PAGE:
On Cable, Making Room for the Same Old Stuff
There's one variety of M&M that can be less a treat for the taste buds than a torment for the body politic.
This observation refers to the two telemedia bruisers Murdoch and Malone. Rupert Murdoch's constellation of TV properties, including the Fox Television Network, spans two-thirds of the globe. John Malone is the overlord of TCI, the largest collection of community cable systems in the nation. In this age of mortally busted antitrust, when the M&M duo gets together, you can bet it's not to render close harmony on "Bringing in the Sheaves."
It is, in fact, to advance their mutual corporate interests at the expense of the public interest. In this case, the victim is C-Span and C-Span II, the two public affairs networks that together comprise the only national civic resource left in a cable TV jungle where the dumb-down culture of corporate marketeering reigns. C-Span's congressional coverage, policy discourse, and literary interviews are among the few surviving expressions of sheer intelligence that television offers.
C-Span bumped aside
The audience of the two C-Span cable networks is overwhelming. Twenty-two million Americans watch them weekly for an average of more than six hours a week. A new survey of C-Span viewers finds that 9 out of 10 of them go to the polls.
The trouble, in a nutshell, is that cable systems must pay C-Span 6 cents per subscriber to bring the service to us. But Mr. Murdoch is willing to reverse the process and put 11 cents per head into the pockets of those same cable providers to carry his new Fox News Channel instead, a far-right rendition of the world that masquerades as an objective news service. Mr. Malone, no blazing icon of liberalism himself, is in financial trouble, the self-wounded victim of overextended ambition. His cable service, which is wired to nearly 1 in 4 cable homes, is in a severe cash crunch. TCI, with assets valued at $28 billion, is some $13 billion in debt.
Every needful tele-tycoon must come to the aid of his needy fellows. Murdoch has loaned $200 million to help Malone out of his hole. With it goes a five-year option to buy a 20 percent interest in Fox News. In gratitude, Malone is awarding scarce channel space to Fox News in many of the communities he has cabled. To make room for Fox News, Malone has kicked C-Span or C-Span II off 11 systems so far. In moves unrelated to Fox, Malone has bumped or reduced cable time for the two C-Spans in a total of 53 other TCI cities. C-Span researchers figure that 2-1/2 million subscribers have been affected since August.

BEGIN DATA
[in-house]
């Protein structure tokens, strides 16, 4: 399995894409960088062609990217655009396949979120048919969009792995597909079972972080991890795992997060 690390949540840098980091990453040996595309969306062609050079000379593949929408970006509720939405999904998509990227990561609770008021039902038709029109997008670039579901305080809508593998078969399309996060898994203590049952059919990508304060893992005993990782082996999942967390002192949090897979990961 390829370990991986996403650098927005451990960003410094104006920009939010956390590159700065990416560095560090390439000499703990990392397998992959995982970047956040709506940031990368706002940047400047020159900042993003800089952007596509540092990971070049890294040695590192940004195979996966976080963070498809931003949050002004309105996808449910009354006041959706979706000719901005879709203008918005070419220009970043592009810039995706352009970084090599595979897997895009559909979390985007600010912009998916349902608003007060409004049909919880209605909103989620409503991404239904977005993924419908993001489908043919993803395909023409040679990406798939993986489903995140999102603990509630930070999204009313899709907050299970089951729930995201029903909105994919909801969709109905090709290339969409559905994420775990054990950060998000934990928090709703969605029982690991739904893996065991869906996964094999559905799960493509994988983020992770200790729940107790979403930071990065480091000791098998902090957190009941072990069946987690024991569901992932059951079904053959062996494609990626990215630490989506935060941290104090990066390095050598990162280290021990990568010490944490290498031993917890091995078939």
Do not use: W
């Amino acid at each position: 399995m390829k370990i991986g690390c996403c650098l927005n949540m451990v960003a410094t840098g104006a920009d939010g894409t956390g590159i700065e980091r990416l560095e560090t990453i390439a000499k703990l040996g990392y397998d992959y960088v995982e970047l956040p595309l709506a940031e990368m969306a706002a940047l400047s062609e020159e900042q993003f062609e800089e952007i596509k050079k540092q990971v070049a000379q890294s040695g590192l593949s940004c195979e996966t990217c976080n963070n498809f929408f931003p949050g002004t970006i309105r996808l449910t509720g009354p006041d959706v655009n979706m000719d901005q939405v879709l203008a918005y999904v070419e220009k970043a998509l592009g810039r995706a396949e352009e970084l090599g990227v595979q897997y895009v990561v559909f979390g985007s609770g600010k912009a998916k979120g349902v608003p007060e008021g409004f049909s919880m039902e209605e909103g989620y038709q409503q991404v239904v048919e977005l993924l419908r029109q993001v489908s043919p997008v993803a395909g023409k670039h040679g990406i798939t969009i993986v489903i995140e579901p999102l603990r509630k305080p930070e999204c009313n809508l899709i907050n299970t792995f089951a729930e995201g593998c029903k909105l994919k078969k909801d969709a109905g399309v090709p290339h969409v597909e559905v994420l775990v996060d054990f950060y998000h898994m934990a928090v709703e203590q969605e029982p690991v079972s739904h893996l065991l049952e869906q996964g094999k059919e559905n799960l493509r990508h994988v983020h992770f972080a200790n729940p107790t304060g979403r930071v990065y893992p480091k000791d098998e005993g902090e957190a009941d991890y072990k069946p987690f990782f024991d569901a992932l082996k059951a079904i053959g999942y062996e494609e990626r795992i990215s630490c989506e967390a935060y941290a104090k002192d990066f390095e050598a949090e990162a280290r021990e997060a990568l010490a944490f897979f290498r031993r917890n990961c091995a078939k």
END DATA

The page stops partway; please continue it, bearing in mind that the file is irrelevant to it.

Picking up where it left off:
Instead of dispassionate congressional coverage by the C-Spans, these hapless viewers, without being consulted, will either get to see the Rupertized version of the world, or no C-Span at all. Members of Congress have some thinking to do. They cherish being seen on C-Span, but their pro-monopoly media policies have helped derail it.
Other TCI casualties
The two C-Spans join such other casualties on TCI as Comedy Central and the WGN Superstation. They have not delivered either the ratings or profits that Malone demands.
But weren't variety, diversity, and choice the blazing promise that television by cable was supposed to offer the viewing public? Weren't we promised a multi-channel paradise for a multiplicity of tastes and needs? Jazz? Independent film? Documentaries from other parts of the world? A spicy panorama of news and views across the political horizon? Instead, commercial cable is a video nerd's nirvana of network reruns - a clone-works for the drivelized output of Hollywood's mass manufacture machine: "Bonanza" and more "Bonanza," "Murder She Wrote" and rewrote.
This is what an orgy of deregulation and total indifference toward the relentless march of monopoly in mass communication have brought us, from Reagan through Clinton: the monocultural tastelessness of Murdoch and Malone, Westinghouse, Disney, and Time-Warner/Turner, too. What's at stake is American mass culture - and, thus, much of the life of our civilization.
A duly elected government is allowing a handful of media-archs to control both the programs and the pipelines that distribute them. The result is a nightmare of monopoly power over our conversation of culture and a crisis of intelligence and taste in this country. Washington's, and America's, total indifference suggests it can only get worse.
* Jerry M. Landay, a former ABC and CBS correspondent, is honors professor emeritus at the University of Illinois.